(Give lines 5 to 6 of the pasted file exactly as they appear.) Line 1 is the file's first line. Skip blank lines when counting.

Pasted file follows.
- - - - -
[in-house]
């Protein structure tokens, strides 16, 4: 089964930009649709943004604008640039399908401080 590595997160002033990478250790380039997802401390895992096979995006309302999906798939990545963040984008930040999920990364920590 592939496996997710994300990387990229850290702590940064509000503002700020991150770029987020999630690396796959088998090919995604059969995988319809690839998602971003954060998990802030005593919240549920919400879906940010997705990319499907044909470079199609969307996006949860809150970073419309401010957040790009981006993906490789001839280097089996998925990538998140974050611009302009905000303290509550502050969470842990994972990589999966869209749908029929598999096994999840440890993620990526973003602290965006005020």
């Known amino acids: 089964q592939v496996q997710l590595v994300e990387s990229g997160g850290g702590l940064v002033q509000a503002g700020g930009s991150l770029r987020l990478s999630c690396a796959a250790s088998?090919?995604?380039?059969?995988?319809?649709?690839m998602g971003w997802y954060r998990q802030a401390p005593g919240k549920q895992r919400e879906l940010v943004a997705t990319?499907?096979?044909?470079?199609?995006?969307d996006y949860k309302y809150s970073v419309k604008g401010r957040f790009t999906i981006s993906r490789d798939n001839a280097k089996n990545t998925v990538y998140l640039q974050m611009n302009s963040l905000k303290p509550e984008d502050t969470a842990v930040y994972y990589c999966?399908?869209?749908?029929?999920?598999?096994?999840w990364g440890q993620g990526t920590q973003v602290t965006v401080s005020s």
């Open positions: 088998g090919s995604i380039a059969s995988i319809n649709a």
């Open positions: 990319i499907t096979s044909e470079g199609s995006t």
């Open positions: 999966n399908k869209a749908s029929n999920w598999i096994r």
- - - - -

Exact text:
């Open positions: 990319i499907t096979s044909e470079g199609s995006t």
């Open positions: 999966n399908k869209a749908s029929n999920w598999i096994r």